Michael Mackenzie has been markets editor of the Financial Times since January 2015. He was formerly US markets editor and joined the FT's New York office in 2006. He covered US bond and derivatives markets for Dow Jones from 2000. His talk will be focussed on asset prices, flows and investor behaviour and sentiment.
Royal Overseas League, St James’s Street, SW1A 1LR. 6.30pm – 8pm.
Members can reserve their free place by emailing us on

***BOOK NOW***

Eighth Annual
Economic Forecasting Competition

Kindly supported by 

Wednesday 5th December 2018

Click here to book now!

ERC Members can reserve their free place by emailing us on

In association with KPMG, the Economic Research Council is running its eighth annual Clash of the Titans economic forecasting event, which brings together three thought-leaders in economics in the UK. The Clash of the Titans is an unrivalled opportunity to hear economic experts detail their predictions for 2019. The winners of this year's competition from our professional forecasters as well as the public will be announced. Attendees are invited to enter the forecasting competition at the event. Titans each predict figures for GDP growth, inflation, unemployment, earnings growth and interest rates, as well as a Black Swan’ event which could upset their forecasts. The event is gladiatorial and fun- the audience and others then enter their own predictions and everyone competes over the following year, with the winning titan and leading public entrant crowned at the event.


Melanie Baker

Senior Economist, Royal London Asset Management

Melanie Baker is RLAM’s Senior Economist with over 18 years’ experience in the financial sector. She started her career at Morgan Stanley where she was an economist analysing currencies. She was Senior UK Economist at Morgan Stanley and analysed the UK economy and political risk events for more than a decade. Her period covering the UK included the aftermath of the financial crisis, Scotland’s Independence referendum and Brexit. She is a CFA charterholder and is also a Trustee of a local charity providing community childcare. She attended Edinburgh University and has a master’s degree in Economics from University College London.

Professor Jagjit Chadha

Director, National Institute of Economic and Social Research

Jagjit Chadha is the Director of NIESR and an expert on financial markets and monetary policy, as well as aspects of monetary and financial history. He has written widely on the design of monetary, fiscal and financial policies. His main research interests are developing the links between finance and macroeconomics in general equilibrium models and has published widely in economics journals.  He is also editor of the Cambridge University Press series on economics, Modern Macroeconomic Policymaking and an associate editor of several journals.  He has recently published a book on Developments in Macro-Finance Yield Curve Modelling by Cambridge University Press and a number of papers related to the impact of quantitative easing on financial market prices. He is Professor of Economics at the University of Kent, and also part-time Professor of Economics at Cambridge. He was previously Professor of Economics at the University of St Andrews and Fellow at Clare College, Cambridge. He has worked at the Bank of England as an Official working on Monetary Policy and as Chief Quantitative Economist at BNP Paribas, and has served as Chair of the Money, Macro, Finance Study Group. He has also acted as Specialist Adviser to the House of Commons Treasury Committee and academic adviser to both the Bank of England and HM Treasury, and to many central banks as well as the Bank for International Settlements, and held the post of Gresham Professor of Commerce from 2014-2018.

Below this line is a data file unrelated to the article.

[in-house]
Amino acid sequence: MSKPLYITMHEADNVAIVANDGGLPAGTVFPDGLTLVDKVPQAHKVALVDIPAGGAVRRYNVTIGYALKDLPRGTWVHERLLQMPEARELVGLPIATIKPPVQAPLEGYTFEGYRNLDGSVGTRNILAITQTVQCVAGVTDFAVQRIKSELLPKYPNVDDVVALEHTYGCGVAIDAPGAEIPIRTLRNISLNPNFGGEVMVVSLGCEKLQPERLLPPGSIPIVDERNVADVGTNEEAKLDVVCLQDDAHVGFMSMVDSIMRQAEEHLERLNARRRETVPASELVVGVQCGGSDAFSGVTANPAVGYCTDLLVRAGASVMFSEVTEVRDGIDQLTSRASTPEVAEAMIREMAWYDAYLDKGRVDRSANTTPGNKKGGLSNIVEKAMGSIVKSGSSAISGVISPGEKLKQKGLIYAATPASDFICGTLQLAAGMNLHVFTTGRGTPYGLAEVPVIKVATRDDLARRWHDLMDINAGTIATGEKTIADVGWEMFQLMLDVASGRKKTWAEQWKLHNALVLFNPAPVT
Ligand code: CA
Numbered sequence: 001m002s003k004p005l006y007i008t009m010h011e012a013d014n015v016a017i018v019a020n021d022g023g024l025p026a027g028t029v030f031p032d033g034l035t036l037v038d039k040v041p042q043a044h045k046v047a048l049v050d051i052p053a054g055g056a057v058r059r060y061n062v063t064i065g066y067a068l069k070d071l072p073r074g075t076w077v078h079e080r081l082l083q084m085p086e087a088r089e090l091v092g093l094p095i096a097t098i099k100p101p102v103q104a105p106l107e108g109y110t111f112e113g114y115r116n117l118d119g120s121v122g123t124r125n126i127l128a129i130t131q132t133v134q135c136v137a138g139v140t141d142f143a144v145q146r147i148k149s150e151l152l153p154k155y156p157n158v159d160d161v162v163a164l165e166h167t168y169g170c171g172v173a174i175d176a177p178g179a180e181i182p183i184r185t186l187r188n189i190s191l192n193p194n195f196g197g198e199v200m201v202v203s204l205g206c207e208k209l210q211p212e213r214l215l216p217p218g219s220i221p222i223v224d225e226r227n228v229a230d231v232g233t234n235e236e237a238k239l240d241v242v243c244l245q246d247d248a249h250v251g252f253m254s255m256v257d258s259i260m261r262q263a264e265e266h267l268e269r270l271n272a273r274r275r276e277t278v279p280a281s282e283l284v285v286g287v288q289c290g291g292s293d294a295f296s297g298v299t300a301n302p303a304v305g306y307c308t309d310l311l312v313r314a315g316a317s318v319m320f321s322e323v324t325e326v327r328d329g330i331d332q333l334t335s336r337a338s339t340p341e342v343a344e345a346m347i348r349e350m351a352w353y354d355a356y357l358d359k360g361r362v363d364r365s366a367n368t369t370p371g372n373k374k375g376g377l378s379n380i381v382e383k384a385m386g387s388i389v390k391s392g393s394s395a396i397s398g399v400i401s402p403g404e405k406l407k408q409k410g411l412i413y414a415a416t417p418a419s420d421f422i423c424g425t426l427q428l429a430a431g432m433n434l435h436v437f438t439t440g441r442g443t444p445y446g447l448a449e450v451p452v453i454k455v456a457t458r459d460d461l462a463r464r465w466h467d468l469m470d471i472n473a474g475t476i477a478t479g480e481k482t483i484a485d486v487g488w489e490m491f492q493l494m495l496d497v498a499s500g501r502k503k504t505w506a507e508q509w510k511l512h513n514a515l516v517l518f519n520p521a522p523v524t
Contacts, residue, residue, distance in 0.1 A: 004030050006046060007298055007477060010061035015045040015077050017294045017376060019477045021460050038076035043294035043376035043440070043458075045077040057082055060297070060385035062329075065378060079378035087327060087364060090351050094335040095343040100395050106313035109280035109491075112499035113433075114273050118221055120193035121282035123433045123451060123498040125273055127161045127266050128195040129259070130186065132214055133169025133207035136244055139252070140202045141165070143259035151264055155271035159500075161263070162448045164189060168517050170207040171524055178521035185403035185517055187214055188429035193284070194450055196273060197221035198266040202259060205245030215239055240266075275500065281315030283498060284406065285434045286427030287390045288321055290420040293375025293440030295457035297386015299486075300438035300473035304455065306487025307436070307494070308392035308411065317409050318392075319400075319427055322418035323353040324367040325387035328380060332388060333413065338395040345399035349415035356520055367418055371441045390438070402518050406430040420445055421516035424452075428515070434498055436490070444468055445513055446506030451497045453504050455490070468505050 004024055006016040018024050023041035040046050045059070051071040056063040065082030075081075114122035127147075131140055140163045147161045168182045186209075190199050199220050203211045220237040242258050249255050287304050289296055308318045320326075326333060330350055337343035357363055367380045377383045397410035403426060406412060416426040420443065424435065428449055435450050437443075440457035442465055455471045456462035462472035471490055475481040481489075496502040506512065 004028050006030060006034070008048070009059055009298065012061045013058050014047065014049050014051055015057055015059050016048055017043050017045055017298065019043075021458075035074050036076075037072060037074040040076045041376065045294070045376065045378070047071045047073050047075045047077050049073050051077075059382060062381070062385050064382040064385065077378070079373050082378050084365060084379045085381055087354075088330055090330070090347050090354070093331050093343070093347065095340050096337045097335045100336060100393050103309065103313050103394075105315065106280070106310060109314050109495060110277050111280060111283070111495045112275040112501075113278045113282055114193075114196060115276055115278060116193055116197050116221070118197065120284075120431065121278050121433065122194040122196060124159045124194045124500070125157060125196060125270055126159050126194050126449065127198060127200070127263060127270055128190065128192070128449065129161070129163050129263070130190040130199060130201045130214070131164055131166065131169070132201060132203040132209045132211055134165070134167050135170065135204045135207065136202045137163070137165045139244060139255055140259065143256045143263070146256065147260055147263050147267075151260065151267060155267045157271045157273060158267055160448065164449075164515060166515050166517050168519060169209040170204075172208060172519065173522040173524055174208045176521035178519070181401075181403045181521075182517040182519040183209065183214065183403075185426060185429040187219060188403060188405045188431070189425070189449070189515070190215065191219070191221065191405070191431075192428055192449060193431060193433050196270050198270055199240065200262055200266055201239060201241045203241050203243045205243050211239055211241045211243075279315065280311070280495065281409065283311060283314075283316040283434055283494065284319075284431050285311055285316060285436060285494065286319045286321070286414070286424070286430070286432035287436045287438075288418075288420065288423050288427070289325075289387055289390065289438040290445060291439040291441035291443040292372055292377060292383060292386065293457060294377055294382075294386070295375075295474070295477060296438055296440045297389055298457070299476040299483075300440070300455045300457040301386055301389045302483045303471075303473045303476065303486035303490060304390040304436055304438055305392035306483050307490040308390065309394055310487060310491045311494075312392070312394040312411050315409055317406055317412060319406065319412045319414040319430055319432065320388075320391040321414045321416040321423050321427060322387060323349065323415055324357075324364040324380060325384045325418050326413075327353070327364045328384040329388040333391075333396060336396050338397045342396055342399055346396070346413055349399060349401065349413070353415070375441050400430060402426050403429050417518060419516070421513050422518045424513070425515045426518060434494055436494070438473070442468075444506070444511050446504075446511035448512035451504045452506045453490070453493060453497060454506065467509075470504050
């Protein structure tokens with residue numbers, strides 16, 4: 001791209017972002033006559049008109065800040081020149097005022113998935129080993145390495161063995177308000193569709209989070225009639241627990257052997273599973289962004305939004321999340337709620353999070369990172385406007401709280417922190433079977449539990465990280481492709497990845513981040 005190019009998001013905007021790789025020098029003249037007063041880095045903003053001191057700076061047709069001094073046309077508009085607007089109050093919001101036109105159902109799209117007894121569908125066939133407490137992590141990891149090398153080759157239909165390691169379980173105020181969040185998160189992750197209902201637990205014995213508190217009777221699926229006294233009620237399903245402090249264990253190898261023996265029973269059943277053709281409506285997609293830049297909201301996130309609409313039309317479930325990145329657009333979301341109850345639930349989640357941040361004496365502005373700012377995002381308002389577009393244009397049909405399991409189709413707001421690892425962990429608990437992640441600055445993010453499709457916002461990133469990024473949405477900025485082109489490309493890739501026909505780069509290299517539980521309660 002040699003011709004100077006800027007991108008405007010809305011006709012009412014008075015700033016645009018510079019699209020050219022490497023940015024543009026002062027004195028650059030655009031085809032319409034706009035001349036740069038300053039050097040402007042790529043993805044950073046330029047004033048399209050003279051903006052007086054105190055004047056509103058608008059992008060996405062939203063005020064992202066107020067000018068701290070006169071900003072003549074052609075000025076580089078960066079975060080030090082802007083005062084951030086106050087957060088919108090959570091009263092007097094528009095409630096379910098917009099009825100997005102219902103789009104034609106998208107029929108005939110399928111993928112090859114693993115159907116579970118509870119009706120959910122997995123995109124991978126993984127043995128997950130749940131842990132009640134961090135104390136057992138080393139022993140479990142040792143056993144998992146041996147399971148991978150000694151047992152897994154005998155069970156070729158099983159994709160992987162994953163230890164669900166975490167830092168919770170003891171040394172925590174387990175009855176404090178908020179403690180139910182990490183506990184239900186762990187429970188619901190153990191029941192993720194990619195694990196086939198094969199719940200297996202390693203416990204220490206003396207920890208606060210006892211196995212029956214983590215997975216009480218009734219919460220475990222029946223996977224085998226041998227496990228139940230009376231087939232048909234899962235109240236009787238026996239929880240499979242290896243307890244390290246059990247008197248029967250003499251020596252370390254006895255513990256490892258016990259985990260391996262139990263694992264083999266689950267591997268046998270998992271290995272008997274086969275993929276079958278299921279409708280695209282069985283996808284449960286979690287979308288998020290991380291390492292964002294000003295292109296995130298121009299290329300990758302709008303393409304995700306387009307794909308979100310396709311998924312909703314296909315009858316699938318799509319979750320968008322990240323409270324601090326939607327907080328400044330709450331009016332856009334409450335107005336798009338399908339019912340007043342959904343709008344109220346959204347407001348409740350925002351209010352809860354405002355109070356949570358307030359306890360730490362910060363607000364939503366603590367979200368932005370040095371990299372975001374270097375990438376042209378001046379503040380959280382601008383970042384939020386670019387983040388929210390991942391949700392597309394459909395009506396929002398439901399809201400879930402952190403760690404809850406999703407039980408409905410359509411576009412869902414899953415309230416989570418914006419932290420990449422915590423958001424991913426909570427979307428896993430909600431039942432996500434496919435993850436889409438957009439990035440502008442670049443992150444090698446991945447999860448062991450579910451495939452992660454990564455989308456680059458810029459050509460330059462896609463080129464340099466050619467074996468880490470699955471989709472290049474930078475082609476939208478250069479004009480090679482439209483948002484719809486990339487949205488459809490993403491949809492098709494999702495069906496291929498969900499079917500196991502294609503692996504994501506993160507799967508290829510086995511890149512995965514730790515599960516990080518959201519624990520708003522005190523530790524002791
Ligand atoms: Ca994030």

Dr Adrian Paul

Chief UK Economist, Goldman Sachs

Adrian Paul is an economist in the European Economics team. He first joined Goldman Sachs as an economist in 2009 and rejoined the firm after leaving in 2012 to return to university. Adrian received a Ph.D. in Economics from the University of Oxford, having completed an M.Phil. in Economics in 2014. During his doctoral studies, he was a Lecturer in Economics at St. Hugh's College, Oxford. Adrian earned an M.Sc. in Finance from the London School of Economics, and an M.A. and a B.A. in Economics from the University of Cambridge.

Our host for the evening is Yael Selfin

Chief Economist at KPMG.

Yael is Chief Economist at KPMG in the UK. Her research centres on the impact major issues including Brexit and other geopolitical events are likely to have on the economy as well as on individual businesses. Prior to joining KPMG in 2014 she worked at two independent economic consultancies as well as at PwC for over 14 years, where she set up and led their Macro Consulting business, as well as oversaw their international economic research. She has a BSc in Economics from UCL and did further studies in Advanced Econometrics at LSE. She also has a Chartered Accountant qualification.
Auditorium at KPMG, 15 Canada Square, E14 5GL. 7pm – 9pm.
Non-members can book Early Bird tickets here for £15 (£10 for students).  Members can reserve their free place by emailing us on .